With respect to the docking of 5fyd and above mentioned two compounds, the conventional hydrogen bond remains the same at the position of Asp 66 in both 5fyd–BPA (Fig. 3), and 5fyd–quercetin complexes. Decreased numbers have been listed in the 5fyd–quercetin complex when compared to the 5fyd–BPA complex (Fig. 4), and 4 carbon hydrogen bonds have been retrieved. The addition of an unfavourable donor–donor as well as a Pi–anion have been noticed in the 5fyd–quercetin complex which makes quercetin more suitable for binding (Table 4). These observations are significant and might be the probable cause for the higher affinity of quercetin to the 1hxh and 5fyd complexes.


image file: c7tx00161d-f3.tif
Fig. 3 Binding modes of BPA with the crystal structure of 7beta-hydroxysteroid dehydrogenase protein (PDB code: 5fyd), receptor–ligand interactions with 2D representation of BPA.

image file: c7tx00161d-f4.tif
Fig. 4 Binding modes of quercetin with the crystal structure of 7beta-hydroxysteroid dehydrogenase protein (PDB code: 5fyd), receptor–ligand interactions with 2D representation of quercetin.

Molecular dynamics simulation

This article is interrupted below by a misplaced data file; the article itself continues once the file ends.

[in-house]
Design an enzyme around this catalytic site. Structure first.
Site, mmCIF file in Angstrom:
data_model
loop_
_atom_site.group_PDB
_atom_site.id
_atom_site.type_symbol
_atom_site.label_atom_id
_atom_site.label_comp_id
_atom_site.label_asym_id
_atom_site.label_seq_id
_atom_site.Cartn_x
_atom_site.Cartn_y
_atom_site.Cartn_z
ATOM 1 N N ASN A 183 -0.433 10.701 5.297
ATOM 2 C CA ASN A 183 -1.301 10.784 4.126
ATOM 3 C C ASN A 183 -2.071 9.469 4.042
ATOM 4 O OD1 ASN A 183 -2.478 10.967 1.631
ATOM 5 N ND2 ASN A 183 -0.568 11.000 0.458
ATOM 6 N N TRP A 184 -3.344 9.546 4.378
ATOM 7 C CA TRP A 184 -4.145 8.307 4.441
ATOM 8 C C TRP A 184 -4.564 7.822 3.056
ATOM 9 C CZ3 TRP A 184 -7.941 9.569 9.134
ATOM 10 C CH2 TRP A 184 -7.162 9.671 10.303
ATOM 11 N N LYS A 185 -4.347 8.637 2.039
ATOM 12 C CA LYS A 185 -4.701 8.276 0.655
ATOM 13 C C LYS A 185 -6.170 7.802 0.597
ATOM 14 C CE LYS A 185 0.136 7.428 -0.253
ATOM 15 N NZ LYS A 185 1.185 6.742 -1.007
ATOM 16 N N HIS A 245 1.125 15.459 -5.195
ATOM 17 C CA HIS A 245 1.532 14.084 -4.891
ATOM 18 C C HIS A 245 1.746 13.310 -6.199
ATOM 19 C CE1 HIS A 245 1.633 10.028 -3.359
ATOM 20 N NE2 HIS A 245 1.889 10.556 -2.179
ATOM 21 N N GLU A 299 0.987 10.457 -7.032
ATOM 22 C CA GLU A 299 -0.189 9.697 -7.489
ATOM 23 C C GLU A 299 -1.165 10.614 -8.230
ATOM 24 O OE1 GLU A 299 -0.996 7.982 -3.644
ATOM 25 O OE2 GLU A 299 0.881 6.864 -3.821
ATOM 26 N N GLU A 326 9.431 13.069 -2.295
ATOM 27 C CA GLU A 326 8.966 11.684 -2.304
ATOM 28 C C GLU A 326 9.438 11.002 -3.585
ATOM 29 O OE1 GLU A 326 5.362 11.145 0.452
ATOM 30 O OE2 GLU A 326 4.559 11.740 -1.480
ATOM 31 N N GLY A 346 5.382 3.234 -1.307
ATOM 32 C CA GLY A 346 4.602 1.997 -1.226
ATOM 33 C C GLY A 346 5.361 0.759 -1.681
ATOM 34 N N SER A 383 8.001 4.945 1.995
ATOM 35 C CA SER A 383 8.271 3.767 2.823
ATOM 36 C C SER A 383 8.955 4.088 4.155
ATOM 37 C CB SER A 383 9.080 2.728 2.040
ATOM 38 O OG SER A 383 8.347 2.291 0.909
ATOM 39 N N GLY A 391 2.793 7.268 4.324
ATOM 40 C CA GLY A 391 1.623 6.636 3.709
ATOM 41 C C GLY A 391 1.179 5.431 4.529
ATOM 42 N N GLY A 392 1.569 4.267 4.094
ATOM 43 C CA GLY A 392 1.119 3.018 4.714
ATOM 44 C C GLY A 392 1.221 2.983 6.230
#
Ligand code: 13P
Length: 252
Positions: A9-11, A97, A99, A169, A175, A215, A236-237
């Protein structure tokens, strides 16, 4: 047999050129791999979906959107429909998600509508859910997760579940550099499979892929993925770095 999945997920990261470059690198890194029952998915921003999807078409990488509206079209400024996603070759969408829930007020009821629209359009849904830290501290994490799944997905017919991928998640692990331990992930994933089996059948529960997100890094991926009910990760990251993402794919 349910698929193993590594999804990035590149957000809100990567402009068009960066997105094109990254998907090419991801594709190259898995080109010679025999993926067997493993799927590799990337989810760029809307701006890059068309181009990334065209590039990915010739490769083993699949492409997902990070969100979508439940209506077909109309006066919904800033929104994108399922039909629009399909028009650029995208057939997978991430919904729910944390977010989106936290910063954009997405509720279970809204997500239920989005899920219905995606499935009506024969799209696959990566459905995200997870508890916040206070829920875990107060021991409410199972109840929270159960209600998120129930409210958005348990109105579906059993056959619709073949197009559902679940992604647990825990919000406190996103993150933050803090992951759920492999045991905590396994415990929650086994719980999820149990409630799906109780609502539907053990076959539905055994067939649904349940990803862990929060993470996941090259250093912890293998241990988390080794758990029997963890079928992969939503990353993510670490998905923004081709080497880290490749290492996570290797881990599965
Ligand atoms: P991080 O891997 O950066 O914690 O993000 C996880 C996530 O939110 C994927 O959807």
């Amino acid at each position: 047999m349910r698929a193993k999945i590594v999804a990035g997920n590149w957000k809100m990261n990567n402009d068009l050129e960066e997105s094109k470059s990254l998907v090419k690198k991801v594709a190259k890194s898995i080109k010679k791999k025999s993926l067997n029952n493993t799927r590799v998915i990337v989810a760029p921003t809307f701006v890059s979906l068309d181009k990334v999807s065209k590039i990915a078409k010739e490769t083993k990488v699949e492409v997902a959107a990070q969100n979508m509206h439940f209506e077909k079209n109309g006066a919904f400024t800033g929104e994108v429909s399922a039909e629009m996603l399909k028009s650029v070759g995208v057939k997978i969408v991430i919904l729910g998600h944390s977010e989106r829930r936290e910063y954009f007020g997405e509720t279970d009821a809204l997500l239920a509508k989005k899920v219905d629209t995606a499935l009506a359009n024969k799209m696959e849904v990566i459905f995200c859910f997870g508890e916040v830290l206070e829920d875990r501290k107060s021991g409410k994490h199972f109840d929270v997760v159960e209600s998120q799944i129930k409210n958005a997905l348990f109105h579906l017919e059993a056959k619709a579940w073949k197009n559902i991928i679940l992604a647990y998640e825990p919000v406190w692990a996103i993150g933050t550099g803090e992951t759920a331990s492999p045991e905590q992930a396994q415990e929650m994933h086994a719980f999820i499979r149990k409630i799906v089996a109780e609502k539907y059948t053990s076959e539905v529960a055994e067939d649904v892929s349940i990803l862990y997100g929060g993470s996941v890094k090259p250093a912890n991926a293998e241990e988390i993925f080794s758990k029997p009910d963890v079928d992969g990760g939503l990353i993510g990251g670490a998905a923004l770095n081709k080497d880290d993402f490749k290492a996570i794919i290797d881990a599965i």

MD simulations were employed for the evaluation of stabilization and changes occurring in conformational receptor–ligand complexes during the whole event which have been carried out for 10 ns time trajectories. Four MD simulations have been performed to identify the structural conformation of both compounds (BPA and quercetin). The best docked poses of selected complexes were considered for the MD simulations. The equilibrium of the MD trajectories has been evaluated using energy and Root Mean Square Deviation (RMSD) parameters.

We have analysed both energy and RMSD parameters for all selected docked complexes (Fig. 5 and 6). The energy values have been found to be −172[thin space (1/6-em)]147.543 kcal mol−1 to −171[thin space (1/6-em)]519.277 kcal mol−1 at the initial stage of MD simulation for all complexes while it remains higher with the value from −130[thin space (1/6-em)]650.283 kcal mol−1 to −130[thin space (1/6-em)]294.189 kcal mol−1 at the end of MD simulation for a 10 ns time period. With respect to RMSD calculations it starts with 0.397 Å to 0.424 Å and ends with the 1.927 Å, 2.686 Å values for all simulated complexes. Nominal fluctuations were observed for all receptor–ligand complexes through the MD simulation energy graph, while major fluctuations have been determined by the RMSD graph values.